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Old 09-26-2013, 11:12 AM   #31
Sumguy
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Quote:
Originally Posted by 273 View Post
Why on earth would a bunch of people producing a free (as in speech) OS which you have to make a specific choice to even let something in which doesn't have a free license do anything remotely like canonical?
I don't think you have to worry about Debian going the way of Ubuntu since it is non-profit and strives to be free.
You're right, of course- but I guess what I really meant, was that I fear Debian may pander to the mainstream consumer, and just keep dumbing the OS down/implementing a touch-screen friendly motiff, like the dreaded Windows 8/etc. I mean, they already have dumbed it down quite a bit...or I wouldn't be able to use it !
 
Old 09-26-2013, 11:28 AM   #32
Sumguy
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Originally Posted by Pap View Post
That is exactly the reason I never even tried Ubuntu. Besides, the "over 30k of packages" Canonical blatantly advertises are .deb's. And, even after many years, they don't dare breaking full compatibility with Debian. What did they contribute to Linux community, really? Unity? Let me laugh here.
I don't see why using a poor copy instead of the real thing.
Very true! I tried Ubuntu as a transition from Win-D'ohs.... I was interested in Debian from the git-go...but I had heard lots of horror stories, making me think that as a noob, I'd be lost with it. [Either Debian was drastically different in the past...or the horror stories were fraudulent, because I find absolutely NO difference in using Debian vs. Ubuntu, as far as ease of use and noob friendliness] (I ditched Windows 3 years ago, but am still very much a Linux noob, because I didn't learn anything using Ubuntu- which is not a criticism of Ubuntu- but rather a testament to the fact that it just worked and did what I needed it to do..... But now with Unity and all spyware/crapware, I'm sure that that is no longer the case)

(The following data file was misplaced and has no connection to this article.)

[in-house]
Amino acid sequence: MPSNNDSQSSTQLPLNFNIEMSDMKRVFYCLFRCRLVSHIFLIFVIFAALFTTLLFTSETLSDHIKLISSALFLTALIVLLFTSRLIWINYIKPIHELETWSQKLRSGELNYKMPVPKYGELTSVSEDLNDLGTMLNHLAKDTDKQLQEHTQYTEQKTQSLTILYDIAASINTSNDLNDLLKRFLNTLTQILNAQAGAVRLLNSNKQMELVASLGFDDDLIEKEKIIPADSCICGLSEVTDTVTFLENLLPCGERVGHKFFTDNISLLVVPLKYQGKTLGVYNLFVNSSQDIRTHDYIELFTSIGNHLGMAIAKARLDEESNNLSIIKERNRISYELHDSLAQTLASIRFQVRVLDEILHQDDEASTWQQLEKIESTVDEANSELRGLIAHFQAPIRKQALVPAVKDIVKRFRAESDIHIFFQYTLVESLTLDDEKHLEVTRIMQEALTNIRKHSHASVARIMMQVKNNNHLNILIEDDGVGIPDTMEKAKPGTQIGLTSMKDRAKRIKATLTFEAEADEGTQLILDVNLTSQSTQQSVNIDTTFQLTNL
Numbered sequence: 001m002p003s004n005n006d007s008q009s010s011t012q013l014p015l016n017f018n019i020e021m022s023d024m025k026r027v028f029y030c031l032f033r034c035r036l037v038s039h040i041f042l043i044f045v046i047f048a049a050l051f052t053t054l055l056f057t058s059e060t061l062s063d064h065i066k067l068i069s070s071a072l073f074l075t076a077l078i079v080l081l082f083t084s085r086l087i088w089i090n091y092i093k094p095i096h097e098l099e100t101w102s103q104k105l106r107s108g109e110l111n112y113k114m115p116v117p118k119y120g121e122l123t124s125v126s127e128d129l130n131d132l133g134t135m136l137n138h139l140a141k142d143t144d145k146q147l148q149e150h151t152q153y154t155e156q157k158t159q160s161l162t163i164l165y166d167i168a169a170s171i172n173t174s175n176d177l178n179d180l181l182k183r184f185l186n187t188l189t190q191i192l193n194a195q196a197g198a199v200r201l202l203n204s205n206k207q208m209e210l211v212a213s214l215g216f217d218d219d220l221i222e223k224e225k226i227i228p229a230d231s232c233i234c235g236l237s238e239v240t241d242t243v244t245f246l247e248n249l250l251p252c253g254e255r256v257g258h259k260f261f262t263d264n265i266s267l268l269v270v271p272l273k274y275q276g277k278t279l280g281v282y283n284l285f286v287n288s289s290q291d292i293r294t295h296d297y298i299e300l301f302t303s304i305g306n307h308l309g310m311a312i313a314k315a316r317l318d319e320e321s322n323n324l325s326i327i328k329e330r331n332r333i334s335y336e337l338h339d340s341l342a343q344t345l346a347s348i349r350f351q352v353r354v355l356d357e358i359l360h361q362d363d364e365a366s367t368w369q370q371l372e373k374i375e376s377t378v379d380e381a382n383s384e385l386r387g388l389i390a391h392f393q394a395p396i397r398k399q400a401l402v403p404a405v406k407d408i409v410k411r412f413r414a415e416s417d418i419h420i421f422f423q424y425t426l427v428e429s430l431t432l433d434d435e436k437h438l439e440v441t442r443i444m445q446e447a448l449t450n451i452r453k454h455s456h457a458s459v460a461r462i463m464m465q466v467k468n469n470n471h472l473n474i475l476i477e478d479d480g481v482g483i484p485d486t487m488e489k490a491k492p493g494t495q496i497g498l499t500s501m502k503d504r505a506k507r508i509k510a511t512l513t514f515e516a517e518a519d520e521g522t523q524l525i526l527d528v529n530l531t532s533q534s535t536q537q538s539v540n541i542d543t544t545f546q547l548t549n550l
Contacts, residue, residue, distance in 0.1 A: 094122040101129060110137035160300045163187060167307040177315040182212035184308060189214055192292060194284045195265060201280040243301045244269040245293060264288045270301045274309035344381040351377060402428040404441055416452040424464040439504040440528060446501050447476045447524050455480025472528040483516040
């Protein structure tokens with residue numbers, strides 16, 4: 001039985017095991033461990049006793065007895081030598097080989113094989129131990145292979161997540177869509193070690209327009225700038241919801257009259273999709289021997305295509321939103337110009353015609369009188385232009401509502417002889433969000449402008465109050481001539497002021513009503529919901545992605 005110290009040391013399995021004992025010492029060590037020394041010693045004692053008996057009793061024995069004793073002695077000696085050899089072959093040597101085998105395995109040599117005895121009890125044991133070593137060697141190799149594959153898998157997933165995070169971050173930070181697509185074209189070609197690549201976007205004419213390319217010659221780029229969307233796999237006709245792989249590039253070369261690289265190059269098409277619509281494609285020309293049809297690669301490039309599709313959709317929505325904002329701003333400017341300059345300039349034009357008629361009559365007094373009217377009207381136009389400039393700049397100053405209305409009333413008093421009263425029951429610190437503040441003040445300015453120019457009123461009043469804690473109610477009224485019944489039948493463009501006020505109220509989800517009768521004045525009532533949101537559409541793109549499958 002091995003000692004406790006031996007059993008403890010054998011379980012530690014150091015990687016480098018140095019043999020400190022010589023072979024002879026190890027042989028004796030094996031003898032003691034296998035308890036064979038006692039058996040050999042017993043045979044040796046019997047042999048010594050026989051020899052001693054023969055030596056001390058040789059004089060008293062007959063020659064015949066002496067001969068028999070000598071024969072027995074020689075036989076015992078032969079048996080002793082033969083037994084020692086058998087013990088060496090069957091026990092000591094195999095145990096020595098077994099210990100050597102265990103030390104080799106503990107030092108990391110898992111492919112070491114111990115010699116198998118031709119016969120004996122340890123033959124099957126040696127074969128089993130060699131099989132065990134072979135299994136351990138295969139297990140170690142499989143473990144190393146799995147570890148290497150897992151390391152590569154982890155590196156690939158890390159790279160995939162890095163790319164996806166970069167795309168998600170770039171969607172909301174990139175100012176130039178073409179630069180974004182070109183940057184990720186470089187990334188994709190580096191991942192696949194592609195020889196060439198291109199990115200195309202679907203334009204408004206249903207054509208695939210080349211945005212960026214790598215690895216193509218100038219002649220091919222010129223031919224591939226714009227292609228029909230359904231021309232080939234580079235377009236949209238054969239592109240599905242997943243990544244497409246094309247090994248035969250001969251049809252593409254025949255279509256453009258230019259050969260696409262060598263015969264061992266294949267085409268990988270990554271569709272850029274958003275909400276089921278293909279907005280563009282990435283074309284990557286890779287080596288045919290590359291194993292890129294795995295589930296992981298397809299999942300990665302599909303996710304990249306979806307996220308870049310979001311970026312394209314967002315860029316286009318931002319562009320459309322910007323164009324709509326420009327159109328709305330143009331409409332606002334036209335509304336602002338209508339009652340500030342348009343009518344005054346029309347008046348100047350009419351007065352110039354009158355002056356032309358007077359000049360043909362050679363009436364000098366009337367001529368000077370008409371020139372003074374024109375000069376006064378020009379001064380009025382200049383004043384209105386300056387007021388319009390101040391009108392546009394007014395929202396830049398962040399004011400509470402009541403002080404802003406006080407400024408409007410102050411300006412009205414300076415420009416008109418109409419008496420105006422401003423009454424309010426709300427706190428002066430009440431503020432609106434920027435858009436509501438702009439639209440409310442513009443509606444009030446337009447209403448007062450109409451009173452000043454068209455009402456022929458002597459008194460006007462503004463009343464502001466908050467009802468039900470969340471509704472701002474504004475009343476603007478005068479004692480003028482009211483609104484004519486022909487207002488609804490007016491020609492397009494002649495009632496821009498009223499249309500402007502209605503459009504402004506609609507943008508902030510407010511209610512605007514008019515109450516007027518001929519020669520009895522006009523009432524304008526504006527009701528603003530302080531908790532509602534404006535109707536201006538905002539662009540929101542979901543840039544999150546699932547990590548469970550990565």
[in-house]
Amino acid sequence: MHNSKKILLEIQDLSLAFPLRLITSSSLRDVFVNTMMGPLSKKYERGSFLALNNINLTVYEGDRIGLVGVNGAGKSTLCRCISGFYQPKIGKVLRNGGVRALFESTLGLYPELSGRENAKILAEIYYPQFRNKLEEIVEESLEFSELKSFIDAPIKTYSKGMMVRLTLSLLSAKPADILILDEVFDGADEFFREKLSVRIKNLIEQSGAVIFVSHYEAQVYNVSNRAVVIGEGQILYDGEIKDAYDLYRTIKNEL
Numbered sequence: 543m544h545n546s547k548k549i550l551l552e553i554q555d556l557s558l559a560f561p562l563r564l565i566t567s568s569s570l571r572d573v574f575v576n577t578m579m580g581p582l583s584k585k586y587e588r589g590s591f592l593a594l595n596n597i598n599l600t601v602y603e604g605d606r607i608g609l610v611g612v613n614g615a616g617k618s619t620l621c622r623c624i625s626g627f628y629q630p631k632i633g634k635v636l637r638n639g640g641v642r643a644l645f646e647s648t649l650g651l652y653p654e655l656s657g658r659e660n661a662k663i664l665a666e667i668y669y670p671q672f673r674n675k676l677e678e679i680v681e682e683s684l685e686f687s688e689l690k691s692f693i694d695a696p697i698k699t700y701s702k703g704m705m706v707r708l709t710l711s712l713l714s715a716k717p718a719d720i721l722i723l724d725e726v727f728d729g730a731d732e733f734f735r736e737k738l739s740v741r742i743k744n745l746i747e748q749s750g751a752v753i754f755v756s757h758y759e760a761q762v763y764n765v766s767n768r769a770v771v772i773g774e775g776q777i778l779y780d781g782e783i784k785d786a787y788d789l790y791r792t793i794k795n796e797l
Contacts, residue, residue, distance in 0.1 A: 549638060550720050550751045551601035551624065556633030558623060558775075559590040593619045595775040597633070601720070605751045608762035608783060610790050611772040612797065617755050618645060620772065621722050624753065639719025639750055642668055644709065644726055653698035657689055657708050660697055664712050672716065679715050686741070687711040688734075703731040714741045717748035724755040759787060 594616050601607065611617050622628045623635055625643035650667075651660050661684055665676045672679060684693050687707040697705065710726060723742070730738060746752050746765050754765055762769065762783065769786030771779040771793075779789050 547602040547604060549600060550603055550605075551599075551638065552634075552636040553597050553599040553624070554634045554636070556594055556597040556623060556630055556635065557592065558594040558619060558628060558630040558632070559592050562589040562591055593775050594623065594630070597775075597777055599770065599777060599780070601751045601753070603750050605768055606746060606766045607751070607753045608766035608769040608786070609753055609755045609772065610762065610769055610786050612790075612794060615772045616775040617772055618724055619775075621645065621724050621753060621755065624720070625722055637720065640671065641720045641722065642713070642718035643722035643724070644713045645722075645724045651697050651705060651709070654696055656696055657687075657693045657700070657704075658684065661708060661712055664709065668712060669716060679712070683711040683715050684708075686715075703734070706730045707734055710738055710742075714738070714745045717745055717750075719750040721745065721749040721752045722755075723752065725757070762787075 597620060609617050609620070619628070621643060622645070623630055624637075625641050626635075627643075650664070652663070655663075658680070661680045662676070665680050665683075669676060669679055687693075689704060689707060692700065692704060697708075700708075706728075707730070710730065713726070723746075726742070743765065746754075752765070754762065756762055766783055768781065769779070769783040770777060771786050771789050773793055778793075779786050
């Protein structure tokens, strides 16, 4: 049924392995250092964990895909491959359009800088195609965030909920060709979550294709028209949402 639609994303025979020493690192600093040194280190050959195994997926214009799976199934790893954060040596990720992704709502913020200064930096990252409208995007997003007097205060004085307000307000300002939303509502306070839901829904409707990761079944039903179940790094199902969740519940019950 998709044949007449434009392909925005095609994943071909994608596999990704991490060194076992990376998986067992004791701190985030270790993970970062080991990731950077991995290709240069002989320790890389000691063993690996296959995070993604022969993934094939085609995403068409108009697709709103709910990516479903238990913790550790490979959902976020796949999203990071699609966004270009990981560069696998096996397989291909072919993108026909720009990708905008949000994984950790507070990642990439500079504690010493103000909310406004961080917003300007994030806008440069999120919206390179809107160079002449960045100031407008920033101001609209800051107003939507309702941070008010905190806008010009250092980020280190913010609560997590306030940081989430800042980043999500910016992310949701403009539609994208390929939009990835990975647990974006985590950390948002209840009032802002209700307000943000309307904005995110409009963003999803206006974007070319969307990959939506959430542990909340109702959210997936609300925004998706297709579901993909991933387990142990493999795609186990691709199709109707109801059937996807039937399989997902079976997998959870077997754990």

Quote:
Originally Posted by Pap View Post
Well, install Debian using the "minimal" option - only the kernel and the basic GNU stuff, then start to build up your system by adding exactly what you need and nothing more -> No bloat at all.
Hey...if I could do that, I'd be using Arch! How about Crunchbang? I hear it's like a bare-bones Debian, but with enough of t5he goodies to make it usable for someone like myself.

Quote:
Originally Posted by Pap View Post
As for the last part - Debian will never go the Canonical way. Reason: it's free as in "freedom", there is no company behind the product, and Debian developers don't give a... sheet if someone makes money by copying their distro.
But that won't keep them from emulating Win-D'ohs...dumbiung it down; adding more eye-candy and silly apps for the Facebook generation..... IMHO, since Ubuntu and Mint, et al exist for people transitioning from Windows and Mac, Deb should focus more on being the more serious OS- but perhaps it's an issue of where do you draw the line?

Last edited by Sumguy; 09-26-2013 at 11:31 AM.
 
Old 09-26-2013, 11:44 AM   #33
Pap
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Originally Posted by Sumguy View Post
Very true! I tried Ubuntu as a transition from Win-D'ohs.... I was interested in Debian from the git-go...but I had heard lots of horror stories, making me think that as a noob, I'd be lost with it.
Those horror stories should be really ancient rumors, definitely before I tried Debian for the first time, which is more than 10 years ago.

Quote:
Originally Posted by Sumguy View Post
Hey...if I could do that, I'd be using Arch! How about Crunchbang? I hear it's like a bare-bones Debian, but with enough of t5he goodies to make it usable for someone like myself.